For those who don’t check this established website over the weekends, you might not be familiar with my ‘Letter From the Editor” article. It usually runs on Sundays, but when life gets in the way it gets pushed back to the middle of the week.
With that said, this week I couldn’t help but think about the offense. So many people put the pressure on the defense, suggesting it will be up to them to win or lose games. This line of thinking is hardly false, but the pressure being placed on the defense might be just a tad misplaced.
Sure, the Steelers’ defense needs to improve in 2019, but the real pressure belongs to Randy Fichtner and the offense.
Just think about it...
In years prior, the talk was whether the Steelers would be able to average 30 points per game throughout a full 16-game season. But with Antonio Brown gone, and Le’Veon Bell officially shown the door, you have to wonder what the expectations are heading into next season.
For me? I don’t know what to expect.
In my mind I have a vision of an offense which is more even. Not just in the run/pass ratio but also even with targets in the passing game, and hopefully a more even workload in the backfield to help preserve the stable of running backs. I envision Ben Roethlisberger having the time, thanks to an offensive line which remained in tact, to survey the field and pick his proverbial poison. No longer handcuffed to getting No. 84 the targets he feels he deserves to avoid a meltdown.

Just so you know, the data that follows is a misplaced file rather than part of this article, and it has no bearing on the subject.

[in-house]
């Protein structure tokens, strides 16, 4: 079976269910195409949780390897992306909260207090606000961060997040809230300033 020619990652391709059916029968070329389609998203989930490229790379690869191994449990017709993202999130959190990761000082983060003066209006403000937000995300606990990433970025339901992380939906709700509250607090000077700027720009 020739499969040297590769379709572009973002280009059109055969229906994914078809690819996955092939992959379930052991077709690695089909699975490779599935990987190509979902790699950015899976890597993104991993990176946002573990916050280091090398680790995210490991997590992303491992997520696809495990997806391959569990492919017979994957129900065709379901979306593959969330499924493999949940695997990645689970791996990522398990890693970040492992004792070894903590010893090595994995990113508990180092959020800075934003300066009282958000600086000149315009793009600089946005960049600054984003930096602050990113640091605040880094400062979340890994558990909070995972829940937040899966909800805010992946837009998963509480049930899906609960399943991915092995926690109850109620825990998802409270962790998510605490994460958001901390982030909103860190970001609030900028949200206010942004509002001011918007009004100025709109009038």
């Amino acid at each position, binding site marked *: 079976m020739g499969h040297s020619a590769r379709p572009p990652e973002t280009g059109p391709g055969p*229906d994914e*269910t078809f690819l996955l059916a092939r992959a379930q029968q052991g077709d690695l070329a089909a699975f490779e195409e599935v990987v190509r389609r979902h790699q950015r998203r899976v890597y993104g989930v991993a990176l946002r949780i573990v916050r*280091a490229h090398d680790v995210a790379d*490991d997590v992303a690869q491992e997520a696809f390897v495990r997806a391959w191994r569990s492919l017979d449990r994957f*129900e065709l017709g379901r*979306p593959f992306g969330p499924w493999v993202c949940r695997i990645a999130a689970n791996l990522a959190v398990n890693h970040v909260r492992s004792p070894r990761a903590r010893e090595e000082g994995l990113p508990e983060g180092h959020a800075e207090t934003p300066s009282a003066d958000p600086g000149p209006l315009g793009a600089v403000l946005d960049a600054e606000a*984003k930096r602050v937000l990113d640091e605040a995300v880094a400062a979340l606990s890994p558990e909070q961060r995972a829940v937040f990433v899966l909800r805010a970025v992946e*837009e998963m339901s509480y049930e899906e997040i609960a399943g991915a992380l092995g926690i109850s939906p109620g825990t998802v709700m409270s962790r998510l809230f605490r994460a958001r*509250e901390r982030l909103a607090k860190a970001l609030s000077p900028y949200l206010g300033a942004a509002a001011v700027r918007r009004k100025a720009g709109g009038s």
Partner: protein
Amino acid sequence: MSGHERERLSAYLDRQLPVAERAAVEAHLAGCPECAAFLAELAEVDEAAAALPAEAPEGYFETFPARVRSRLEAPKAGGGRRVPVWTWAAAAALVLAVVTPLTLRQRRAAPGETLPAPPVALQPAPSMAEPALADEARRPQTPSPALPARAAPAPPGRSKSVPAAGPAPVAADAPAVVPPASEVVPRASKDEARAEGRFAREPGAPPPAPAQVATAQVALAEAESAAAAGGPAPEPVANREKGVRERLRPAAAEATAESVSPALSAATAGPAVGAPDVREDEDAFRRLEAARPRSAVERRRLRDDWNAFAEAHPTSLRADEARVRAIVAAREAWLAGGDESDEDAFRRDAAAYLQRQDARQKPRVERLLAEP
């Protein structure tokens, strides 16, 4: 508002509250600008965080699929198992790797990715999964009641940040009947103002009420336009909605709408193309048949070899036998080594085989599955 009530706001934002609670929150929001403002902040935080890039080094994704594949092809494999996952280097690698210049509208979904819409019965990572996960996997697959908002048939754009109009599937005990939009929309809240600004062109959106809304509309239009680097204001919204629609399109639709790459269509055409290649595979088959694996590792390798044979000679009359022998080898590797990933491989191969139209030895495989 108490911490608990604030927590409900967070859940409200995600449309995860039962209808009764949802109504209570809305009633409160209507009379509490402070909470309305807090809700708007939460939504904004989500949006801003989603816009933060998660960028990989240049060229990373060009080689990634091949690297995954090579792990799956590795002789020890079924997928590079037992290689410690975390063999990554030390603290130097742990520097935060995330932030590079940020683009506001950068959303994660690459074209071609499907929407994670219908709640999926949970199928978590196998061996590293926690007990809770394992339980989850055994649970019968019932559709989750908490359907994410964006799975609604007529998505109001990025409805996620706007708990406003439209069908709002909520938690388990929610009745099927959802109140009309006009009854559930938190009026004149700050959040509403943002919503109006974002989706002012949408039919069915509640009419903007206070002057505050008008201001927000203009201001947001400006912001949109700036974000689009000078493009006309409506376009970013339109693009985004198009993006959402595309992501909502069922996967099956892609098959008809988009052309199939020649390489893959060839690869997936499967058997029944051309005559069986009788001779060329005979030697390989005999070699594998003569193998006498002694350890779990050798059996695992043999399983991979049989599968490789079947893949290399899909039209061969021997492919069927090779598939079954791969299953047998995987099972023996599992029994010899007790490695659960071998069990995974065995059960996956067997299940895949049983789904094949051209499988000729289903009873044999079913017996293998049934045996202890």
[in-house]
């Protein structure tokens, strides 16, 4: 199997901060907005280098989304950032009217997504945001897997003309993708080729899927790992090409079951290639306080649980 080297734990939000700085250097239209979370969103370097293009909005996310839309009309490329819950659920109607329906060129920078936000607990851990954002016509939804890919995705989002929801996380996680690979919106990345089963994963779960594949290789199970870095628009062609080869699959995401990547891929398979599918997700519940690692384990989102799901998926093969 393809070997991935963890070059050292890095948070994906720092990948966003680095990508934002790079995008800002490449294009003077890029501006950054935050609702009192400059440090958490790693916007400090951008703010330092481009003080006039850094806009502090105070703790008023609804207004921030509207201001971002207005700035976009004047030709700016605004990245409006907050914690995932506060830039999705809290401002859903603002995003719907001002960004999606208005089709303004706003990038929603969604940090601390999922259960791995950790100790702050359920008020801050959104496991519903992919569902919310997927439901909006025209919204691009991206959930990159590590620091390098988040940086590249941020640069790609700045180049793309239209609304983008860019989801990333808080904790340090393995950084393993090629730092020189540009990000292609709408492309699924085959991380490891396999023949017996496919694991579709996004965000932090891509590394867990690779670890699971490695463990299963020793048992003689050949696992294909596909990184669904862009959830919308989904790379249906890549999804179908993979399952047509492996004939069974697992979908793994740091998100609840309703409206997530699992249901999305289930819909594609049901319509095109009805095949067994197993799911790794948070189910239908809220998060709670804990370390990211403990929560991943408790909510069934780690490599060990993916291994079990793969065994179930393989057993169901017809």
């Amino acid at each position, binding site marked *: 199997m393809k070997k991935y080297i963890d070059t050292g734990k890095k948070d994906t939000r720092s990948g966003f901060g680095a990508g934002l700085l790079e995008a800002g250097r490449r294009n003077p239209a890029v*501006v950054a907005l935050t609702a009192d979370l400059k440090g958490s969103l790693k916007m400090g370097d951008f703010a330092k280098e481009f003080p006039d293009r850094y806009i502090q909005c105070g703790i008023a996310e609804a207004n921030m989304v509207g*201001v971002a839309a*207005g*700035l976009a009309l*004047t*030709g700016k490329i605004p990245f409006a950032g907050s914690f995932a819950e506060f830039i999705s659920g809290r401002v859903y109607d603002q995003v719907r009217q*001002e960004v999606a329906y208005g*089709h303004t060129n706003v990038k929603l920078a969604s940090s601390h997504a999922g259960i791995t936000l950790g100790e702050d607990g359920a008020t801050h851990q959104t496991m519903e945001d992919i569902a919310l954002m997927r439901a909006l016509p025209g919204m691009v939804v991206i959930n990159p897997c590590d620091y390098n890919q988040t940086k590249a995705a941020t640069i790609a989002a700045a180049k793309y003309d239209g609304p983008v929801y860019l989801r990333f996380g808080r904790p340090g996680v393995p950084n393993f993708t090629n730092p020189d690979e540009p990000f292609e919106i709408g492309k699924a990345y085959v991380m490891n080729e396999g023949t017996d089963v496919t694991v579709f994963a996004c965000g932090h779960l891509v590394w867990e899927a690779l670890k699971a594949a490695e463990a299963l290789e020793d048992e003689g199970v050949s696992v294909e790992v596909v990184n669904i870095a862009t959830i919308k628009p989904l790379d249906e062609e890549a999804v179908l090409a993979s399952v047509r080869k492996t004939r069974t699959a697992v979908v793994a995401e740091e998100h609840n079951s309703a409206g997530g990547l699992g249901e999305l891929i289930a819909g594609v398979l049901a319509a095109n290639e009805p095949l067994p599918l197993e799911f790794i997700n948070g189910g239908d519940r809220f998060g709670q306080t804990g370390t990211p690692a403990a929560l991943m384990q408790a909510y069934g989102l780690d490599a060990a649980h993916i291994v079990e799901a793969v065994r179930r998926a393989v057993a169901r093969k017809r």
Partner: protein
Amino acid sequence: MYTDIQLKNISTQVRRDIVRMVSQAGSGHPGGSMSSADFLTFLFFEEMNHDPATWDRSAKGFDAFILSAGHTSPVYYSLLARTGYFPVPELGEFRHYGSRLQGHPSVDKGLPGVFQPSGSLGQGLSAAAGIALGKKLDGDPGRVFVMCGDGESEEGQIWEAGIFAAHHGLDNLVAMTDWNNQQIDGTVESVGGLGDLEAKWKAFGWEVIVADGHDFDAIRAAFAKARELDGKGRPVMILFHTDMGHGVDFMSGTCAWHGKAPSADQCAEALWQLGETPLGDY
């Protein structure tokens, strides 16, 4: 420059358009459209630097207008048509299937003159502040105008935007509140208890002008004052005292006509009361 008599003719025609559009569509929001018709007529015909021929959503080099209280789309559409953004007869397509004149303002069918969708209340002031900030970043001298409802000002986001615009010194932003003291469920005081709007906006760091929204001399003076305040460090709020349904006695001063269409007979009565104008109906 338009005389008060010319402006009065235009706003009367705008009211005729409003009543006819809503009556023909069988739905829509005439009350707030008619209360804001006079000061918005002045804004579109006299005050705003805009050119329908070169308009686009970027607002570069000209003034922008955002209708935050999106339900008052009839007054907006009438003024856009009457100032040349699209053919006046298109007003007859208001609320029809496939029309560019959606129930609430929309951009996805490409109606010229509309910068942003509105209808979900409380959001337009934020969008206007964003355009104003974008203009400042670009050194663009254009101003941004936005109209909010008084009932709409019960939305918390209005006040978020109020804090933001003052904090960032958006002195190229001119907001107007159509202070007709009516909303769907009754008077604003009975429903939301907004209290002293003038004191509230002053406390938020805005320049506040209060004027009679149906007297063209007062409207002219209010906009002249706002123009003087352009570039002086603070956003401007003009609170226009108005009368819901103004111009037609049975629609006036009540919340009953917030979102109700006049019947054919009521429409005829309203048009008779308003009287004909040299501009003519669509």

While the loss of Brown certainly leaves a void, it isn’t as if the Steelers’ offense is devoid of talent. JuJu Smith-Schuster is a matchup nightmare in the slot, Donte Moncrief will have the opportunity to play with a capable quarterback for the first time since his first two years in the league, James Washington will likely be improved from his rookie year and we all know now what James Conner and Jaylen Samuels can do in the backfield. Did I mention one of the league’s best offensive lines remained in tact from 2018, considering Matt Feiler started more games than Marcus Gilbert.
But what if these visions are nothing more than a dream, and what is actually put on the field this fall is a nightmare?
This is where the pressure comes in, and mainly on Fichtner and Roethlisberger. The two are joined together since Todd Haley was told his contract wouldn’t be renewed, and Roethlisberger wanted more control over the offense. There is no way Roethlisberger could ever have more control than he does now, especially since Brown and Bell are out of the equation.
Will Roethlisberger be able to step up, prove the quarterback who led the NFL in interceptions is just a figment of our imaginations and lead this team deep into the playoffs? That is a question no one knows the answer to at this juncture. A great deal of the team’s success this upcoming season will fall on the shoulders of Keith Butler and the defense, but in my humble opinion the pressure will be on Roethlisberger and the offense.
Time to deliver...